STUDY DESIGN:
Systematic literature review.

OBJECTIVE:
To assess the effect of total disc replacement for chronic low back pain due to lumbar degenerative disc disease compared with fusion or other treatment options.

SUMMARY OF BACKGROUND DATA:
There is an increasing use in disc replacement devices for degenerative disc disease, but their effectiveness compared with other interventions such as fusion of the motion segment or conservative treatment remains unclear.

METHODS:
A comprehensive search in PubMedCentral, MEDLINE, EMBASE, BIOSIS, ClinicalTrials.gov, and FDA trials register was conducted. Randomized controlled trials comparing total disc replacement with any other intervention for degenerative disc disease were included. Risk of bias was assessed using the criteria of the Cochrane Back Review Group. Quality of evidence was graded according to the GRADE approach. Two review authors independently selected studies, assessed risk of bias, and extracted data. Results and upper bounds of confidence intervals were compared with predefined clinically relevant differences.

RESULTS:
We included 7 randomized controlled trials with a follow-up of 24 months. There is risk of bias in the included studies due to sponsoring and absence of any kind of blinding. One study compared disc replacement with rehabilitation and found a significant advantage in favor of surgery, which, however, did not reach the predefined threshold. Six studies compared disc replacement with fusion and found that the mean improvement in visual analogue scale score of back pain was 5.2 mm higher (2 studies; 95% confidence interval 0.2-10.3) with a low quality of evidence. The improvement of Oswestry disability index score at 24 months in the disc replacement group was 4.3 points more than in the fusion group (5 studies; 95% confidence interval 1.85-6.68) with a low quality of evidence. Both upper bounds of the confidence intervals were below the predefined clinically relevant difference.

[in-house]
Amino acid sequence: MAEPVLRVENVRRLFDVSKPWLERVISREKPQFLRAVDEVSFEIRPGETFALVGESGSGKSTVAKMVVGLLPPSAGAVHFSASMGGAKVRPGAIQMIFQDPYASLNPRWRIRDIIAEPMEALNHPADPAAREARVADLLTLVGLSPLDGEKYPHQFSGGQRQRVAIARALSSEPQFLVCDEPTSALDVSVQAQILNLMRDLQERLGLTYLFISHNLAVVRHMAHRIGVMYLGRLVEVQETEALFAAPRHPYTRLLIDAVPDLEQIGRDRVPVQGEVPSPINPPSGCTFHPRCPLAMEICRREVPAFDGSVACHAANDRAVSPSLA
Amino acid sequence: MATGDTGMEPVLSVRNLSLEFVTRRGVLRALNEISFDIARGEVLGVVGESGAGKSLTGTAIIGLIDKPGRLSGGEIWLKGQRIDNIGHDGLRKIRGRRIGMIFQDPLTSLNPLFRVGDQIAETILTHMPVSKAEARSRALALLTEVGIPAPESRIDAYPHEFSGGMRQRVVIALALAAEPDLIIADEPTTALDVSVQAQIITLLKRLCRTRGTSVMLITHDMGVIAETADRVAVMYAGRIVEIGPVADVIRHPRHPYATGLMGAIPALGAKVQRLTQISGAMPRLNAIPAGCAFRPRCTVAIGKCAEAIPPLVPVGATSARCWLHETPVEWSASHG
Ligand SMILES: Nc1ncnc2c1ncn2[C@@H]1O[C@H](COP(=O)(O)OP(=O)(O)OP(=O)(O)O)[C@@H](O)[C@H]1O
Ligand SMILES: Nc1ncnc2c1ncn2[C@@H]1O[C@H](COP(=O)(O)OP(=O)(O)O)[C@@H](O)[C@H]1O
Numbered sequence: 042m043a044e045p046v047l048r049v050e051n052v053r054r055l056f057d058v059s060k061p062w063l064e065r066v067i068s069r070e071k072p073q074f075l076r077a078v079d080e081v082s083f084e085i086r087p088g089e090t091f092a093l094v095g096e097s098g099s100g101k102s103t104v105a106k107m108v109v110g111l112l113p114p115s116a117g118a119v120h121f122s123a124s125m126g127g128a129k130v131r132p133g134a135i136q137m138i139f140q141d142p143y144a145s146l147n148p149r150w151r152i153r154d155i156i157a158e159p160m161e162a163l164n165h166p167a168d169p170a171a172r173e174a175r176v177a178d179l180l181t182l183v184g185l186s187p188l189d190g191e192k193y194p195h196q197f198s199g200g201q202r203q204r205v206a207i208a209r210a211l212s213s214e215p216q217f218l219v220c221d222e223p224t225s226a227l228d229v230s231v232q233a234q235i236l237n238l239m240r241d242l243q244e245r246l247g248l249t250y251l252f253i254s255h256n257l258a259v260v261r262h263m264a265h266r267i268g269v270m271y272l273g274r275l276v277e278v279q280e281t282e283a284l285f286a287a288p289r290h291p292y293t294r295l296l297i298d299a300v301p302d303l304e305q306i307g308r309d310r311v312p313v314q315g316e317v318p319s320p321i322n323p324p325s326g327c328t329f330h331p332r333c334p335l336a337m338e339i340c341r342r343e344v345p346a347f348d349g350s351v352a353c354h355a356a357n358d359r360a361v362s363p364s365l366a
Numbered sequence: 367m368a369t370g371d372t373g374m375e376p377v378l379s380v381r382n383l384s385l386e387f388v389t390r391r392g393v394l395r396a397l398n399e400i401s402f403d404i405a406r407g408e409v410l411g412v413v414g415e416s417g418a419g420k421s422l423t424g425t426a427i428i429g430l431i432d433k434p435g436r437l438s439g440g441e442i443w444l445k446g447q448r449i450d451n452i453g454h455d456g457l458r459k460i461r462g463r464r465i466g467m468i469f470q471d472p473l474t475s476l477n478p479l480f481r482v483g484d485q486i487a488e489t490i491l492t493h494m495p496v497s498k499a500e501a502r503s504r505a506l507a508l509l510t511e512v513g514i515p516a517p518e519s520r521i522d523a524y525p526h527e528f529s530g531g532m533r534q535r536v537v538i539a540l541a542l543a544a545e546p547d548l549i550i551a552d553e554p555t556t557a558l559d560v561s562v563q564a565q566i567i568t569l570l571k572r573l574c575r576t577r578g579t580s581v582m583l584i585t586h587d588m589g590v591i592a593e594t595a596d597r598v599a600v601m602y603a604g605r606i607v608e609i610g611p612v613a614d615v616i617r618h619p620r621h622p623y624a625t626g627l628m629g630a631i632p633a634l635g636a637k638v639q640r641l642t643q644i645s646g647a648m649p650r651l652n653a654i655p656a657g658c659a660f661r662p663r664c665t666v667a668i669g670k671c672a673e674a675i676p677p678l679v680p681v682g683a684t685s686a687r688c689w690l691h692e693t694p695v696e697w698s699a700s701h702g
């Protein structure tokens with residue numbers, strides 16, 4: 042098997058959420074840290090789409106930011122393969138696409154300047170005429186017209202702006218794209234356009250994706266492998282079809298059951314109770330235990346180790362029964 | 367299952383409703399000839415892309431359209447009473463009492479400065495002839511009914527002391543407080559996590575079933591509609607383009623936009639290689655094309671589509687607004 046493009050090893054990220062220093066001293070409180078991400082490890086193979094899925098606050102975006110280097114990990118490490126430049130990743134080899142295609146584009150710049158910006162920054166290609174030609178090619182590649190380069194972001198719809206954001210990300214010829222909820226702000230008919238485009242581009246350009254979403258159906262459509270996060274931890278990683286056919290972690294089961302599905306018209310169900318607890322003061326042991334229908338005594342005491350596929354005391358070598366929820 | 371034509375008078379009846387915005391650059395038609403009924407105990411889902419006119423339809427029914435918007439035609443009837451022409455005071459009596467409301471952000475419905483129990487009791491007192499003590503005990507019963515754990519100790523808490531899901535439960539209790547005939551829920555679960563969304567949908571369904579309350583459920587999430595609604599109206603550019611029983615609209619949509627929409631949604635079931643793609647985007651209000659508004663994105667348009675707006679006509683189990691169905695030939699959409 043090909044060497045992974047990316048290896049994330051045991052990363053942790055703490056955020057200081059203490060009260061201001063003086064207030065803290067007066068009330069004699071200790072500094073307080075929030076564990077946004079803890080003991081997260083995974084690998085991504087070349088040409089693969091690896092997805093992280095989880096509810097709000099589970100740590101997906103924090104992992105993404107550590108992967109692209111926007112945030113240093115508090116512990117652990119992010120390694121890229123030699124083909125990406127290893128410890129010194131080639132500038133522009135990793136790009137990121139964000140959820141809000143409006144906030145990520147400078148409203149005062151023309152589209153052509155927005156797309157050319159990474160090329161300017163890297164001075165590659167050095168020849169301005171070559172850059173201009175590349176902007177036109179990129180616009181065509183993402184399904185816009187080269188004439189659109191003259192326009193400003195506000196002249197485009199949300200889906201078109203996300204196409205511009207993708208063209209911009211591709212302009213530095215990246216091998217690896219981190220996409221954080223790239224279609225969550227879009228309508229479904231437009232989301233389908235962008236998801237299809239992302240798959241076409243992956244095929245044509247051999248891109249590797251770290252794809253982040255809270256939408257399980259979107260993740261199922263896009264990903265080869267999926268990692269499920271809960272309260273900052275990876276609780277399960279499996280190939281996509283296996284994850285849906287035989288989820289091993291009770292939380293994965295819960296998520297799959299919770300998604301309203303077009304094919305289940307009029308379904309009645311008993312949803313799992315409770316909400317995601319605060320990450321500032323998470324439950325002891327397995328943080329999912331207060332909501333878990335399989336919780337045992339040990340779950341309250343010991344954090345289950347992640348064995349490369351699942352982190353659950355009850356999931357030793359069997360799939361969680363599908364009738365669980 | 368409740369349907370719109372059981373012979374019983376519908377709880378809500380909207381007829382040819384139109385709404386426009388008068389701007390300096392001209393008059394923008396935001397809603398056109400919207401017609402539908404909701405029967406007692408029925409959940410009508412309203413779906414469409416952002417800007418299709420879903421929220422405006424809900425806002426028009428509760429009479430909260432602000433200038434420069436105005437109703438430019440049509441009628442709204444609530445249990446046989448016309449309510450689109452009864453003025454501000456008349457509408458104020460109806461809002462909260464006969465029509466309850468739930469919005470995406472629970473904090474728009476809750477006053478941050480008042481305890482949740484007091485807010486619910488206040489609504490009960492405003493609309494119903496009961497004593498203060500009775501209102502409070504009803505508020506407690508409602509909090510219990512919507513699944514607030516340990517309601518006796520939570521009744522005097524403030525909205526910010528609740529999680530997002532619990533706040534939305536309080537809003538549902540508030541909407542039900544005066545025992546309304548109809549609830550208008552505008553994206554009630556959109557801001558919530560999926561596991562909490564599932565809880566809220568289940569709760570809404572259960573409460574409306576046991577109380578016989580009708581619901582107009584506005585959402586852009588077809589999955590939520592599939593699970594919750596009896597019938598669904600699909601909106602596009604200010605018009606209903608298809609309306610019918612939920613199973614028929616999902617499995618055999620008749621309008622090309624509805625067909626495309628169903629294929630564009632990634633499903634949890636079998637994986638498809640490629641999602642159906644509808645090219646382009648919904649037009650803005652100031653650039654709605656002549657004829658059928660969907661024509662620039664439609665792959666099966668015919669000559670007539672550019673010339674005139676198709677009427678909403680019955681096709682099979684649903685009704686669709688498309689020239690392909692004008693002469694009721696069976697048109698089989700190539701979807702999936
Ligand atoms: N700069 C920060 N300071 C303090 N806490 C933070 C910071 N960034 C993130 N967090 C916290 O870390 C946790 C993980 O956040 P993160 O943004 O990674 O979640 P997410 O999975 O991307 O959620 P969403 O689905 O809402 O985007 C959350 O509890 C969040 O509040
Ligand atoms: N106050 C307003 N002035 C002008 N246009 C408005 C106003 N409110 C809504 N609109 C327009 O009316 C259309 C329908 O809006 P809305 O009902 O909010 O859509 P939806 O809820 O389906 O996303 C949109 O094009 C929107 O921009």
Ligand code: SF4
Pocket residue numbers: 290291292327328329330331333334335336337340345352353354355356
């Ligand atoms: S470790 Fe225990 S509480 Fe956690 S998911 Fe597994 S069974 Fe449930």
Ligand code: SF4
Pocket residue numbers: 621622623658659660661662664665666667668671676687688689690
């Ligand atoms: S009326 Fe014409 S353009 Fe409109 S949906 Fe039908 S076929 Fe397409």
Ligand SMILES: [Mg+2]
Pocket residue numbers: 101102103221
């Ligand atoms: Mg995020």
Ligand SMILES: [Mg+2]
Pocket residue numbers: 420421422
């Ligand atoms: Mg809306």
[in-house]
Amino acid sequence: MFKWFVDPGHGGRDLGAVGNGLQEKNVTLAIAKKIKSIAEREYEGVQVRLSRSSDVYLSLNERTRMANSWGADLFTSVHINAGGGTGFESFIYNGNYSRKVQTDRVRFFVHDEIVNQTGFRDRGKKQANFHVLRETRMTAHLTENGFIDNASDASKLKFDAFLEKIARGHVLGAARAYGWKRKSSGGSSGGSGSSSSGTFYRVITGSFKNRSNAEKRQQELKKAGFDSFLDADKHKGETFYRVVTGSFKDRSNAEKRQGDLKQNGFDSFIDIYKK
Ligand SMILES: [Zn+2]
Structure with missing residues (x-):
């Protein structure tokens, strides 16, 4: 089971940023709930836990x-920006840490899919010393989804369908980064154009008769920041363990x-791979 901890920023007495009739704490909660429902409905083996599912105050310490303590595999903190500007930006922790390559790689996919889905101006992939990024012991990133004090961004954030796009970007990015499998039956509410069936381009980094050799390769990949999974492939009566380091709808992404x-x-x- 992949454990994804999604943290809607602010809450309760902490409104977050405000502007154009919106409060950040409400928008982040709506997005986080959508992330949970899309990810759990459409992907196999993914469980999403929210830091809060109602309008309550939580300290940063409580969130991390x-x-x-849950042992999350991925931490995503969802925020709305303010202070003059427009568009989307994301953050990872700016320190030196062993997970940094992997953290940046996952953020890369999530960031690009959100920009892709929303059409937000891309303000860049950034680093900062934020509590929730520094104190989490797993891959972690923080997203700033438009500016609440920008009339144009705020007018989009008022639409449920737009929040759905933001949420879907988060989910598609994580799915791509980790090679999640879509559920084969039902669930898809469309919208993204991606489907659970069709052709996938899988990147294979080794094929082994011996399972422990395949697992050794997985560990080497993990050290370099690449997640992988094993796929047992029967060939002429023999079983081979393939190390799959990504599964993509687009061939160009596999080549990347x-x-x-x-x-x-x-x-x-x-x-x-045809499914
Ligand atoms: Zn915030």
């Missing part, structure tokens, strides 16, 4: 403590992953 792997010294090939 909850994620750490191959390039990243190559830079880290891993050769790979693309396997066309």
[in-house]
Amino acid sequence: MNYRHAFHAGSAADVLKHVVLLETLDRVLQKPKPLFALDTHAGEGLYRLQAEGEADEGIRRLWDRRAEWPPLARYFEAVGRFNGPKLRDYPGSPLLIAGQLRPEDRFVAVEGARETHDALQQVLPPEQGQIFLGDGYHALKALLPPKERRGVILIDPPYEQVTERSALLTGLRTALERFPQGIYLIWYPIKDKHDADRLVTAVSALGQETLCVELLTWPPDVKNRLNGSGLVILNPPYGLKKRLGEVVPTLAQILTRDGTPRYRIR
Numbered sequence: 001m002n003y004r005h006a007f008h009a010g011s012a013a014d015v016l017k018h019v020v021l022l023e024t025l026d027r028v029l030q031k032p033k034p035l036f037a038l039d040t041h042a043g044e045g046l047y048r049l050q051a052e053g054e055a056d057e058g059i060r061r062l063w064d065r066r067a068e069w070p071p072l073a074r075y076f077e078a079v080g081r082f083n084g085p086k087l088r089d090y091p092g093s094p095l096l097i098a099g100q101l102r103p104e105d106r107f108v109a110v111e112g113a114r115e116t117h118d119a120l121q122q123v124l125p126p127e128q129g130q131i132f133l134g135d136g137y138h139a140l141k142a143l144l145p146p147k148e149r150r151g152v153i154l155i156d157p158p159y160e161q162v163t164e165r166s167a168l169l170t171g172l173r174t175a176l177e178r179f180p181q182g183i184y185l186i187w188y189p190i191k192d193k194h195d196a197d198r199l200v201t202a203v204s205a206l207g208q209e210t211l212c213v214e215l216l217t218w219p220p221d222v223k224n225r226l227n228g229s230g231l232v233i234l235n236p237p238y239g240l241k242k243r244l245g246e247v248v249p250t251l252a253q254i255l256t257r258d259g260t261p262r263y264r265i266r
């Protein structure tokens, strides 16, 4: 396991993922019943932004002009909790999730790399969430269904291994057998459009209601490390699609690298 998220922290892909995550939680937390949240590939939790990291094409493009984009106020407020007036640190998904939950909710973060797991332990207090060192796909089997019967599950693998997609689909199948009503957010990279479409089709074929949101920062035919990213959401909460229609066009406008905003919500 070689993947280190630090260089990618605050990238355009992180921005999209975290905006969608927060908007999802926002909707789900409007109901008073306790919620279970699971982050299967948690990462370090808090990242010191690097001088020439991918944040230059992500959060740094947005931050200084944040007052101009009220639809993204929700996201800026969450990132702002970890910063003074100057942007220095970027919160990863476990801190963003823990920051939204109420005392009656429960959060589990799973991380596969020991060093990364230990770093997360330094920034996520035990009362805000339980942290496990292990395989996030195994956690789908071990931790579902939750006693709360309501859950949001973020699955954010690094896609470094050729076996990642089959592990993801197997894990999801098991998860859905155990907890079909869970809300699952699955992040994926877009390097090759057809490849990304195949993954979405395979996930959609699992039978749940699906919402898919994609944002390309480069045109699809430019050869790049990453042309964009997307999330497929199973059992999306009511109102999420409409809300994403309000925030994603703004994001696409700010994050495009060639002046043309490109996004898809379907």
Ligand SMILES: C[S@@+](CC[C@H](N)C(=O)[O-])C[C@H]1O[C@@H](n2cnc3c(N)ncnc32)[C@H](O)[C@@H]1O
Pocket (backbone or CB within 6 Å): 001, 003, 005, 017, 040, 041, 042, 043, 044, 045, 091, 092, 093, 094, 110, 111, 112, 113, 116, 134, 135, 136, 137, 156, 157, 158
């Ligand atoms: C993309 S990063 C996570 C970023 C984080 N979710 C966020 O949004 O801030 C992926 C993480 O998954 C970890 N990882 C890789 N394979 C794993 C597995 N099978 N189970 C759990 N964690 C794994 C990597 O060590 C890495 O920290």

CONCLUSION:
Although statistically significant, the differences in clinical improvement were not beyond generally accepted boundaries for clinical relevance. Prevention of adjacent level disease and/or facet joint degeneration was not properly assessed. Therefore, because we think that harm and complications may occur after some years, the spine surgery community should be prudent to adopt this technology on a large scale, despite the fact that total disc replacement seems to be effective in treating low back pain in selected patients, and in the short term is at least equivalent to fusion surgery.





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